Perifoveal spatial compression - a new visual illusion
Space perception of stimuli presented in temporal vsusceptible to large mislocalization. We found a strong compression of space during ocular fixation, whiicinity of a suddenly changing event, such as motion or a saccade eye movement, is ch was induced by the onset of a visual reference presented in the near periphery. A visual reference object was presented followed by a brief whole-field mask. At various times around mask onset a probe dot was flashed. Subjects had to estimate the position of the probe dot in relation to a comparison bar. The probe dot location was perceived nearly veridically when presented long before or after mask onset. However, when the probe dot was presented simultaneously with the mask it appeared shifted toward the reference by as much as 50 percent of their separation. The reference had to appear briefly before mask onset to attract the probe dot. No compression occurred when the reference was presented long before or after the mask. When we presented the probe dot and reference with similar brief durations, the more peripheral stimulus always shifted toward the more foveal stimulus independently of their temporal order. We suggest that the attraction can be explained by the summation of the neural activity distributions of probe and reference. Underlying the observed effect might be a mechanism, which tries to establish spatial continuity of changing objects. The perception of two flashed objects might be attributed to motion, in which case apparent motion is seen, or - if the motion transient is masked - to a single stationary object, in which case attraction tries to reduce the apparent separation.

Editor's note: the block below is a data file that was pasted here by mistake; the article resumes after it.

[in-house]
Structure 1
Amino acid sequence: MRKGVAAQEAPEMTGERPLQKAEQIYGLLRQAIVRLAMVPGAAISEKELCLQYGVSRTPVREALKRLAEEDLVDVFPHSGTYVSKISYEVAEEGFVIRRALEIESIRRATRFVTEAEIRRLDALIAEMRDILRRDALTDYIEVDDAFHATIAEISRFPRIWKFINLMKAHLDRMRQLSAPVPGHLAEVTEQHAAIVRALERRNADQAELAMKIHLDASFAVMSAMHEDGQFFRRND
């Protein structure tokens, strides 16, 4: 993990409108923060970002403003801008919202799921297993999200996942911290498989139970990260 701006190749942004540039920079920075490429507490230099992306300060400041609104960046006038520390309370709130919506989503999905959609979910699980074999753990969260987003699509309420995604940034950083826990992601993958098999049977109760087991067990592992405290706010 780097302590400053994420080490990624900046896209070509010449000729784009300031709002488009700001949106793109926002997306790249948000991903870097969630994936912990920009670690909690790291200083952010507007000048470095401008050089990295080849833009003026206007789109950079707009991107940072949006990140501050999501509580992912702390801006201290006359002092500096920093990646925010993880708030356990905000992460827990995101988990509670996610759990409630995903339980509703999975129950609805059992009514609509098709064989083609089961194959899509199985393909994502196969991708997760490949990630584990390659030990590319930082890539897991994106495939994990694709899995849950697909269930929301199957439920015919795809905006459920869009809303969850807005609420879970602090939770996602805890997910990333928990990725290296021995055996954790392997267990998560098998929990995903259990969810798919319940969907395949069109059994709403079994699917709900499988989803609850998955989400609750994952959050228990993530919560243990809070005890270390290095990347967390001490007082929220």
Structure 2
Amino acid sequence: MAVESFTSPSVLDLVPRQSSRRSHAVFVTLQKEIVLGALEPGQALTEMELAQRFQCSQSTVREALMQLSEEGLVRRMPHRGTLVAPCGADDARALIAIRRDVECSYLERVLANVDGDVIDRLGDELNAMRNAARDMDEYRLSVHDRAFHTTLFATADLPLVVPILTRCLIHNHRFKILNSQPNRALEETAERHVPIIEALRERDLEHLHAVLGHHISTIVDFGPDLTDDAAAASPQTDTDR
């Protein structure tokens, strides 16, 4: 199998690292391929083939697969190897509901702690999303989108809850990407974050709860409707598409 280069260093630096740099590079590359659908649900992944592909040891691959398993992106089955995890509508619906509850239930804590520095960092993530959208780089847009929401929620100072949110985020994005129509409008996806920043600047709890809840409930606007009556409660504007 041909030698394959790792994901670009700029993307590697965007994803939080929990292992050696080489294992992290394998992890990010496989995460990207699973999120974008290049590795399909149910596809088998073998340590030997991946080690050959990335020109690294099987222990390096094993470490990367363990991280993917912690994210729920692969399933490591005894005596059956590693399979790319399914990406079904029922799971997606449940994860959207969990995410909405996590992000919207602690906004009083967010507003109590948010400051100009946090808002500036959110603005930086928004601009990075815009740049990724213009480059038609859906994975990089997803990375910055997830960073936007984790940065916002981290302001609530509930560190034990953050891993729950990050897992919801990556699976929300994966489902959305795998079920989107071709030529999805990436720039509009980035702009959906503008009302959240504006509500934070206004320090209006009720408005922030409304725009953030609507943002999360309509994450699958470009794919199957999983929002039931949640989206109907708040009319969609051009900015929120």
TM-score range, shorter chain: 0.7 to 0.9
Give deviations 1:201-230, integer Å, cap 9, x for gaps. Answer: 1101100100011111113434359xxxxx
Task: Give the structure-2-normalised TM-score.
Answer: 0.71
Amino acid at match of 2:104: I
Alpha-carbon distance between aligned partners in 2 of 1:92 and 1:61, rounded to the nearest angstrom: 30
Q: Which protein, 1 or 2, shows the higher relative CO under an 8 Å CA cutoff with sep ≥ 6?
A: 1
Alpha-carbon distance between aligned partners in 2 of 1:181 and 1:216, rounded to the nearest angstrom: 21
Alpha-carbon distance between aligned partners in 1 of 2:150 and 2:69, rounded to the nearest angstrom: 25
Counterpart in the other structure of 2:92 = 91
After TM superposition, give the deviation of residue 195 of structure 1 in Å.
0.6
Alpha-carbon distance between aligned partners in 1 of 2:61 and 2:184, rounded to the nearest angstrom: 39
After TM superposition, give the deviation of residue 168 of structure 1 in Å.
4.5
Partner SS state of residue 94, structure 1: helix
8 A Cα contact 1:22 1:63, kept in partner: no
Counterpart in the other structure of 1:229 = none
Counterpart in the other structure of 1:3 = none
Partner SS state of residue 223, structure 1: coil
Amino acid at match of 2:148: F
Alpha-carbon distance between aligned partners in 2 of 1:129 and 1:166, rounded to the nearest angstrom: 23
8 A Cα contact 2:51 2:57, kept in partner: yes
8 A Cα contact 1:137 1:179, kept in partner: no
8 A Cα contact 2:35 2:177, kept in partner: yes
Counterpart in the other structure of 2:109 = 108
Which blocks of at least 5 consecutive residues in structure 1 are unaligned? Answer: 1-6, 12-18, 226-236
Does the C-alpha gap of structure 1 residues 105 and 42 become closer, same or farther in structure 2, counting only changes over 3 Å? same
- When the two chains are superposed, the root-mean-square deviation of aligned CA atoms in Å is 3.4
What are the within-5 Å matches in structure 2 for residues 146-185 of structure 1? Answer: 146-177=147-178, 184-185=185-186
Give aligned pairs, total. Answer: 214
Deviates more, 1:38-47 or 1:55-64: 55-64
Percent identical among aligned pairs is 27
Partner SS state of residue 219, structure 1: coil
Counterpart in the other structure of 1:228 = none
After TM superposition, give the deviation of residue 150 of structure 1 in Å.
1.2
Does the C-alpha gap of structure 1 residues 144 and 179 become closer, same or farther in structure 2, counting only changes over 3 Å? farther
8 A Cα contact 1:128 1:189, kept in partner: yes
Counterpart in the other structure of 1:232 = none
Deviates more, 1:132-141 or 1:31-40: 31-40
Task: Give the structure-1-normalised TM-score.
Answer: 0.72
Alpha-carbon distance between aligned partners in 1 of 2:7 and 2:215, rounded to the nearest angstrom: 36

Demo: Please keep your gaze fixated on the black rectangle and observe the stimuli to the right. You should see a green disk getting surreounded by a red circle. If you fixate your gaze then on the green disk itself you will see that actually two disks are presented. However, the second disk, being shown together with the whole-field texture mask, is compressed to the position of the first disk.
Zimmermann E, Fink G, Cavanagh P. (2013) Perifoveal spatial compression. J Vis. 2013 Apr 22;13(5):21. doi: 10.1167/13.5.21.